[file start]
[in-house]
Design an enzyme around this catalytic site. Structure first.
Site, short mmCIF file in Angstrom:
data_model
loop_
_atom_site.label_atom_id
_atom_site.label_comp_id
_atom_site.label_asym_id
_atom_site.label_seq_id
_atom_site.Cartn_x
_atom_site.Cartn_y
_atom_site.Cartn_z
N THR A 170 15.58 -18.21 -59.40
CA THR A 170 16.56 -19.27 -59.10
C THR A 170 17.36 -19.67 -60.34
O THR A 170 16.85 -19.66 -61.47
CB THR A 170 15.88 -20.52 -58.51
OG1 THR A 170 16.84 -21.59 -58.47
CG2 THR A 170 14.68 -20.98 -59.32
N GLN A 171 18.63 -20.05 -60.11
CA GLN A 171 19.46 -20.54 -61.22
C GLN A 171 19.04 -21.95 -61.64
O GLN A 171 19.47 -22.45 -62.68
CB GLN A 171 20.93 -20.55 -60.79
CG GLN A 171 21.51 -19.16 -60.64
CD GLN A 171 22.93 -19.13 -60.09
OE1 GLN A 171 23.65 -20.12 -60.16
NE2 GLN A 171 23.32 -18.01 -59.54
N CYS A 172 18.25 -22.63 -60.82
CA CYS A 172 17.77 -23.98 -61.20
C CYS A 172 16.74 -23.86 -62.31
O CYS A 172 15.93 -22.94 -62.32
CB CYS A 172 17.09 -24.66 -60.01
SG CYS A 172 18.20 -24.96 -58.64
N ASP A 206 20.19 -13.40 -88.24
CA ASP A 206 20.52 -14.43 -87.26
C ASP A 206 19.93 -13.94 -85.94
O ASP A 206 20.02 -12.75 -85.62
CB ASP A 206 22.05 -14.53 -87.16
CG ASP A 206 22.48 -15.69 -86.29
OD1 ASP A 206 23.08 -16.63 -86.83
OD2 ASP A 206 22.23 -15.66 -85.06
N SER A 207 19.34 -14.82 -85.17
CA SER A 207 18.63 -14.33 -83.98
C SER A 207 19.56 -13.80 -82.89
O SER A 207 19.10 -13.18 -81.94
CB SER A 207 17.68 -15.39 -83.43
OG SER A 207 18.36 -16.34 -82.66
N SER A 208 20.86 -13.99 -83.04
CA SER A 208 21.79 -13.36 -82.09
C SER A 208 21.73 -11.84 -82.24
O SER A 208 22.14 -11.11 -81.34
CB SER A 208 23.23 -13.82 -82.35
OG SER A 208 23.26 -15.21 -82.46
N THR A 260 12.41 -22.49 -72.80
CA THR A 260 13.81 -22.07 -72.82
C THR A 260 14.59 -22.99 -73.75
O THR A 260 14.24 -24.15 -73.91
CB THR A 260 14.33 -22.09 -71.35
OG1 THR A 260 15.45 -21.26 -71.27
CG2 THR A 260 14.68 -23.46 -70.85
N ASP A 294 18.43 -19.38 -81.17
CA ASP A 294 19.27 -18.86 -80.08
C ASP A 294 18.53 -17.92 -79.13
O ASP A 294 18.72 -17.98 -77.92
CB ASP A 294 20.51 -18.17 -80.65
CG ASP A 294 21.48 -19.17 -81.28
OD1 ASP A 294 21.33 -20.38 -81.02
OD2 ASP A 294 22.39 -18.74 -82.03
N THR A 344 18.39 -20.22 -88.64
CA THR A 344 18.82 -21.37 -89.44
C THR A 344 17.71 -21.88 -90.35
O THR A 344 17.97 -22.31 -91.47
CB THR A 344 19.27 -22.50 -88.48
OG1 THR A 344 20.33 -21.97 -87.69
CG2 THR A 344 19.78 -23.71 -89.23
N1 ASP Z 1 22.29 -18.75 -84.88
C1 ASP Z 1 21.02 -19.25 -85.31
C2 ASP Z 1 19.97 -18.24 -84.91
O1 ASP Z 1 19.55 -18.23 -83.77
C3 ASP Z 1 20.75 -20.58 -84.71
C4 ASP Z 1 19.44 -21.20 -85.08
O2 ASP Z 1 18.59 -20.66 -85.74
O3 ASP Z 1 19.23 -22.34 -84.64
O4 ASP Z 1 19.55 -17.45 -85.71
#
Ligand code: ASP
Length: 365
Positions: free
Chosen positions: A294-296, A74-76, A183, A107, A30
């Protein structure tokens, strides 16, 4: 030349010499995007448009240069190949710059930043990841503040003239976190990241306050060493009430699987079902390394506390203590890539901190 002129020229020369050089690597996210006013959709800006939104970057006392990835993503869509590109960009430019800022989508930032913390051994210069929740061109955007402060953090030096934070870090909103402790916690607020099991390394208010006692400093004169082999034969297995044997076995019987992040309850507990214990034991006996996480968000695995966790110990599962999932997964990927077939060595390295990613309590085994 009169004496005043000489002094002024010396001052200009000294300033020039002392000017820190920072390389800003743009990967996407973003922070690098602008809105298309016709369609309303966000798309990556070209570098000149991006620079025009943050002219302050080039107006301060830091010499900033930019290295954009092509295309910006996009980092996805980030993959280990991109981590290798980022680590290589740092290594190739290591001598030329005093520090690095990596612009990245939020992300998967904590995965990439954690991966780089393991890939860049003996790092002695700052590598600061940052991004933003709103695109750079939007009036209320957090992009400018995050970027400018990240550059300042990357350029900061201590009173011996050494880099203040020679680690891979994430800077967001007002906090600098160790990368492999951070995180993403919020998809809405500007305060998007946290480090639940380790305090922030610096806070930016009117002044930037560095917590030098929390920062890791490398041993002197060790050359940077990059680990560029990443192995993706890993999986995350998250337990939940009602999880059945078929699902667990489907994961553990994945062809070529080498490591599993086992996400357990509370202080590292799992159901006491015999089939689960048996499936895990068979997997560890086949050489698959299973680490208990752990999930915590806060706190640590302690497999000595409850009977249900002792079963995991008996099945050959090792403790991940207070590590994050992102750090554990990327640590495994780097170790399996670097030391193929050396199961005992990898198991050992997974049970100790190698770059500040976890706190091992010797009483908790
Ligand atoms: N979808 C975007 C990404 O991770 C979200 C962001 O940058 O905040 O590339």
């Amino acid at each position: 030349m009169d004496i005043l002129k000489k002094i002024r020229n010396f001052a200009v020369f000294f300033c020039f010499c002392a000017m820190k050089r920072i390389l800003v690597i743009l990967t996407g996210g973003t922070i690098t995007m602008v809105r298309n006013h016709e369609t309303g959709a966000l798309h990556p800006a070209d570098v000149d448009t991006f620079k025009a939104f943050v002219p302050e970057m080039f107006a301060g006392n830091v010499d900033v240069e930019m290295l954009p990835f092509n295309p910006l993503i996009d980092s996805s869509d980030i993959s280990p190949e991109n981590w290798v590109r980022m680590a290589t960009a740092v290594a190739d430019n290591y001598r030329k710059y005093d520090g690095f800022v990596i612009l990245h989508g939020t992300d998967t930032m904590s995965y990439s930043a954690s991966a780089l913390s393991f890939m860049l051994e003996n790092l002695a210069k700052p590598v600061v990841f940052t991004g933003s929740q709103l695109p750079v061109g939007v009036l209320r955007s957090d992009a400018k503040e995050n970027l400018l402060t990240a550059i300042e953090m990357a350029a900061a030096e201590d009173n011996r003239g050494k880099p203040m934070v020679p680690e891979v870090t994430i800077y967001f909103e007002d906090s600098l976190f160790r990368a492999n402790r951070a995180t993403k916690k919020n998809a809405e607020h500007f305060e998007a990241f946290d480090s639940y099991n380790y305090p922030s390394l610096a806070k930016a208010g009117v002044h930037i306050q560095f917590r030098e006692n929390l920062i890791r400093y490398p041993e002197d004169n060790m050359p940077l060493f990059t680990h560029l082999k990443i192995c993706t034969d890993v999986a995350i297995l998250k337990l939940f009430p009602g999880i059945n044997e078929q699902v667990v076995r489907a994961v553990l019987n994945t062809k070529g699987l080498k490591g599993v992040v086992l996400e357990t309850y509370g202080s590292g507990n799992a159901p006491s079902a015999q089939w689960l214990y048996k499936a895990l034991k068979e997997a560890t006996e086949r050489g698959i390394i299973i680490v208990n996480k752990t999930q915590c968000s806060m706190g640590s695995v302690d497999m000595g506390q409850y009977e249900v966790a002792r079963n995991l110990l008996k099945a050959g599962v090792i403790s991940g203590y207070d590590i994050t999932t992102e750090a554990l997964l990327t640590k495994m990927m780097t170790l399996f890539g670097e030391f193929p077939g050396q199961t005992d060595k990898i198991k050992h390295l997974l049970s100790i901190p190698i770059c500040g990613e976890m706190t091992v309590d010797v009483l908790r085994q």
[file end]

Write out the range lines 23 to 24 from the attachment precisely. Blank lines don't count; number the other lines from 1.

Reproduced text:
O GLN A 171 19.47 -22.45 -62.68
CB GLN A 171 20.93 -20.55 -60.79